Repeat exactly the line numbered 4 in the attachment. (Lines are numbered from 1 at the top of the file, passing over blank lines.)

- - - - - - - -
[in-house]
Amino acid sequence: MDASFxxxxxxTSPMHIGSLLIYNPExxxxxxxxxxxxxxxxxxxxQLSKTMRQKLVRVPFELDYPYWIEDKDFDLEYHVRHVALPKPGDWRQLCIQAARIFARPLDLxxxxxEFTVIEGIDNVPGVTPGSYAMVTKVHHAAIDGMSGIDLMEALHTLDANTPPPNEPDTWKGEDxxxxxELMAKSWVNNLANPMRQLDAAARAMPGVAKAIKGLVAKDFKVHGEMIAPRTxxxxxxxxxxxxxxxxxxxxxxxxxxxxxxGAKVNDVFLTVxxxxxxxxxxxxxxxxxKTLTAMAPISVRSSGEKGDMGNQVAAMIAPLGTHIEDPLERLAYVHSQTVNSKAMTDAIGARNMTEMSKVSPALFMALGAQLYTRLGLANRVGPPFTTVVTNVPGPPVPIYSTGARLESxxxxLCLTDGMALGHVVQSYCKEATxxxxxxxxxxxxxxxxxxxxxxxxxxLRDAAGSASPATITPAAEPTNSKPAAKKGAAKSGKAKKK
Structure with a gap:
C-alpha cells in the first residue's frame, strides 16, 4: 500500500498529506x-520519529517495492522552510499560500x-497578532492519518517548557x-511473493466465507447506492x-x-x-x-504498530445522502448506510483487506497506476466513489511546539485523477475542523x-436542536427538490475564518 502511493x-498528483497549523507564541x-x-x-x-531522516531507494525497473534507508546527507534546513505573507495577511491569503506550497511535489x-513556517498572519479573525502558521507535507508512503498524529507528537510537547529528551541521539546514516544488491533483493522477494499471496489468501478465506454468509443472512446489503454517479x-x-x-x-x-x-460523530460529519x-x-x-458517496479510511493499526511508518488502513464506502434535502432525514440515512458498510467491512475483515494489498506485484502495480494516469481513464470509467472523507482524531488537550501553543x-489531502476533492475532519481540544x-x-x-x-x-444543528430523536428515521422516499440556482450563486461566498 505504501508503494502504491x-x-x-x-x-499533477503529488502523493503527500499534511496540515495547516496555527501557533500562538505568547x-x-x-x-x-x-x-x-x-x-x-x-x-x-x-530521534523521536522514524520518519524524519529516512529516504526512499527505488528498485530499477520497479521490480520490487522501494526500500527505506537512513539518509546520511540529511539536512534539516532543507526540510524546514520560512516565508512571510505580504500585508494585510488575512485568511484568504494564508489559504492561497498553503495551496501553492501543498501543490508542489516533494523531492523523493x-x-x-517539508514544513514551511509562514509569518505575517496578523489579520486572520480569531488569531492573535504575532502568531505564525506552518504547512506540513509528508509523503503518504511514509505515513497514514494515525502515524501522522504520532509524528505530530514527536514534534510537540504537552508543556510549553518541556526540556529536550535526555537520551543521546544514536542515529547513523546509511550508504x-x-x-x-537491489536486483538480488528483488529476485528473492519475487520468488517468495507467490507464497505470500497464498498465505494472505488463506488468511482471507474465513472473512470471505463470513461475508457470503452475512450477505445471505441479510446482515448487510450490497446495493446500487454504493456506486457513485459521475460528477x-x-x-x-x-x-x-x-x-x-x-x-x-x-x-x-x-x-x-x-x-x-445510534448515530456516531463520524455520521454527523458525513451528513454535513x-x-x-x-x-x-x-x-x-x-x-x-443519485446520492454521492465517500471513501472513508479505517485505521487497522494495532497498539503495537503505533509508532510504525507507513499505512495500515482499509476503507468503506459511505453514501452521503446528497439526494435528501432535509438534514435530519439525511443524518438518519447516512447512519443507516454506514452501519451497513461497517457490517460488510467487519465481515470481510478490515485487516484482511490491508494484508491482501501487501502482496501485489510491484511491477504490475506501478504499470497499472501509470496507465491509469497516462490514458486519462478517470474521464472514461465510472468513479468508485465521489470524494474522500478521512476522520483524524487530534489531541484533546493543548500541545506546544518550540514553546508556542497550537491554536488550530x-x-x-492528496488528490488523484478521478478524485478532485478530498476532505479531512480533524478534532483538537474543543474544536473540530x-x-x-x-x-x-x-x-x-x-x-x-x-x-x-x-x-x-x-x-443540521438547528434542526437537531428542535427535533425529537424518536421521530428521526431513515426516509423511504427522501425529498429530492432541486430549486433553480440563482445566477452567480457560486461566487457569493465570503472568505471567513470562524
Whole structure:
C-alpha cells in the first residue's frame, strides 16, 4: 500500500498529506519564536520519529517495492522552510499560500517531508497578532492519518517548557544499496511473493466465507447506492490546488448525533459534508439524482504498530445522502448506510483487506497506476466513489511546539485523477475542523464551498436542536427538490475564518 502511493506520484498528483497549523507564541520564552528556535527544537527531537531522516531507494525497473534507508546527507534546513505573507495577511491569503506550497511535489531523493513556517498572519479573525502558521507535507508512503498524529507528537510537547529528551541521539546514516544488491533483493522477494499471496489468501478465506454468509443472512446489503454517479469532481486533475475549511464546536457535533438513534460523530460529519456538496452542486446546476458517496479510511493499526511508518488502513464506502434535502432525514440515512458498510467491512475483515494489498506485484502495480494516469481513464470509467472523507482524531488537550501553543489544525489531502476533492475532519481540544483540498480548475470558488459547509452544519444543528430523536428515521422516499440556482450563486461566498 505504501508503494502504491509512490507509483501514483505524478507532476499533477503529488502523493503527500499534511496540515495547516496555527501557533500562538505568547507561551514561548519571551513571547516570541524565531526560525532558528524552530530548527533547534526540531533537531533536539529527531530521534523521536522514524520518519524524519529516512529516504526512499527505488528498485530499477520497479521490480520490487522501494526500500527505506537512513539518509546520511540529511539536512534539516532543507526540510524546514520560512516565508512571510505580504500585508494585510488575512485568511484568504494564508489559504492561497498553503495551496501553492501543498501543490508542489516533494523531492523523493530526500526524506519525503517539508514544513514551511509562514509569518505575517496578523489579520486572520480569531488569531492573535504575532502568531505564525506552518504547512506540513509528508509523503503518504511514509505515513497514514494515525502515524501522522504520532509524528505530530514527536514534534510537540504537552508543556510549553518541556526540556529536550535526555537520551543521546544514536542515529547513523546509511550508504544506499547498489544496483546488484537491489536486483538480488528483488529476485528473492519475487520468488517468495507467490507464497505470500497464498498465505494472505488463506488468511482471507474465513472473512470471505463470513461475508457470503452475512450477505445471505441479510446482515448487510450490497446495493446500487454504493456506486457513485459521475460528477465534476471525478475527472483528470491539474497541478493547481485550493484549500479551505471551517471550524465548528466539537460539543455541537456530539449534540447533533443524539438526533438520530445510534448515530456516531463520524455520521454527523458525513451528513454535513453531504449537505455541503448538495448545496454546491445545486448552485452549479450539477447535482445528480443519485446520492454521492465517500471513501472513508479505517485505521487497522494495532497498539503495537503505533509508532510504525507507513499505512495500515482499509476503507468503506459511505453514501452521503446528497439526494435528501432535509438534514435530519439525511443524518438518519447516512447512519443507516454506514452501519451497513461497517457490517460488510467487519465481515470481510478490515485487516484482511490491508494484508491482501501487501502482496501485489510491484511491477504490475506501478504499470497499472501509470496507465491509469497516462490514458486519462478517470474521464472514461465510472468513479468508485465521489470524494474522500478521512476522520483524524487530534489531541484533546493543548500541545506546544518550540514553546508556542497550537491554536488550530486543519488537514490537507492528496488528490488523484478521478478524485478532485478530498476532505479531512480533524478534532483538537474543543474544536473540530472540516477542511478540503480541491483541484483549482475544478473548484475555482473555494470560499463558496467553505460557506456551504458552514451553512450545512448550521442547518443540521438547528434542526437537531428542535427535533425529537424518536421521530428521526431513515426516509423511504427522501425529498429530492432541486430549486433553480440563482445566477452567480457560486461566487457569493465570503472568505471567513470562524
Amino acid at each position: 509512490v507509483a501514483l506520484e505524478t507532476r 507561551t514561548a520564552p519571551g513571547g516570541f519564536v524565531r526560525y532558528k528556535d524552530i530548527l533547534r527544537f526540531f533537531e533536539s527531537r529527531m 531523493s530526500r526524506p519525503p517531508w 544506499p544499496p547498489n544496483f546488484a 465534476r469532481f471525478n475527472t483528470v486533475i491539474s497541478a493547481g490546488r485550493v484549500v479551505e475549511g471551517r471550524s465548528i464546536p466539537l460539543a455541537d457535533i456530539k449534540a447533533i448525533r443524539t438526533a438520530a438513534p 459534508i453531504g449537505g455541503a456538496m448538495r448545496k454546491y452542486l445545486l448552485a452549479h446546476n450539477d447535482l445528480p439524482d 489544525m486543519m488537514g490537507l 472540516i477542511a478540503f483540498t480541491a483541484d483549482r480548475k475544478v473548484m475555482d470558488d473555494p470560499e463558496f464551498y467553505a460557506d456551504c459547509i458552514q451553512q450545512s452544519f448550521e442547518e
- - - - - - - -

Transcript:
C-alpha cells in the first residue's frame, strides 16, 4: 500500500498529506x-520519529517495492522552510499560500x-497578532492519518517548557x-511473493466465507447506492x-x-x-x-504498530445522502448506510483487506497506476466513489511546539485523477475542523x-436542536427538490475564518 502511493x-498528483497549523507564541x-x-x-x-531522516531507494525497473534507508546527507534546513505573507495577511491569503506550497511535489x-513556517498572519479573525502558521507535507508512503498524529507528537510537547529528551541521539546514516544488491533483493522477494499471496489468501478465506454468509443472512446489503454517479x-x-x-x-x-x-460523530460529519x-x-x-458517496479510511493499526511508518488502513464506502434535502432525514440515512458498510467491512475483515494489498506485484502495480494516469481513464470509467472523507482524531488537550501553543x-489531502476533492475532519481540544x-x-x-x-x-444543528430523536428515521422516499440556482450563486461566498 505504501508503494502504491x-x-x-x-x-499533477503529488502523493503527500499534511496540515495547516496555527501557533500562538505568547x-x-x-x-x-x-x-x-x-x-x-x-x-x-x-530521534523521536522514524520518519524524519529516512529516504526512499527505488528498485530499477520497479521490480520490487522501494526500500527505506537512513539518509546520511540529511539536512534539516532543507526540510524546514520560512516565508512571510505580504500585508494585510488575512485568511484568504494564508489559504492561497498553503495551496501553492501543498501543490508542489516533494523531492523523493x-x-x-517539508514544513514551511509562514509569518505575517496578523489579520486572520480569531488569531492573535504575532502568531505564525506552518504547512506540513509528508509523503503518504511514509505515513497514514494515525502515524501522522504520532509524528505530530514527536514534534510537540504537552508543556510549553518541556526540556529536550535526555537520551543521546544514536542515529547513523546509511550508504x-x-x-x-537491489536486483538480488528483488529476485528473492519475487520468488517468495507467490507464497505470500497464498498465505494472505488463506488468511482471507474465513472473512470471505463470513461475508457470503452475512450477505445471505441479510446482515448487510450490497446495493446500487454504493456506486457513485459521475460528477x-x-x-x-x-x-x-x-x-x-x-x-x-x-x-x-x-x-x-x-x-x-445510534448515530456516531463520524455520521454527523458525513451528513454535513x-x-x-x-x-x-x-x-x-x-x-x-443519485446520492454521492465517500471513501472513508479505517485505521487497522494495532497498539503495537503505533509508532510504525507507513499505512495500515482499509476503507468503506459511505453514501452521503446528497439526494435528501432535509438534514435530519439525511443524518438518519447516512447512519443507516454506514452501519451497513461497517457490517460488510467487519465481515470481510478490515485487516484482511490491508494484508491482501501487501502482496501485489510491484511491477504490475506501478504499470497499472501509470496507465491509469497516462490514458486519462478517470474521464472514461465510472468513479468508485465521489470524494474522500478521512476522520483524524487530534489531541484533546493543548500541545506546544518550540514553546508556542497550537491554536488550530x-x-x-492528496488528490488523484478521478478524485478532485478530498476532505479531512480533524478534532483538537474543543474544536473540530x-x-x-x-x-x-x-x-x-x-x-x-x-x-x-x-x-x-x-x-443540521438547528434542526437537531428542535427535533425529537424518536421521530428521526431513515426516509423511504427522501425529498429530492432541486430549486433553480440563482445566477452567480457560486461566487457569493465570503472568505471567513470562524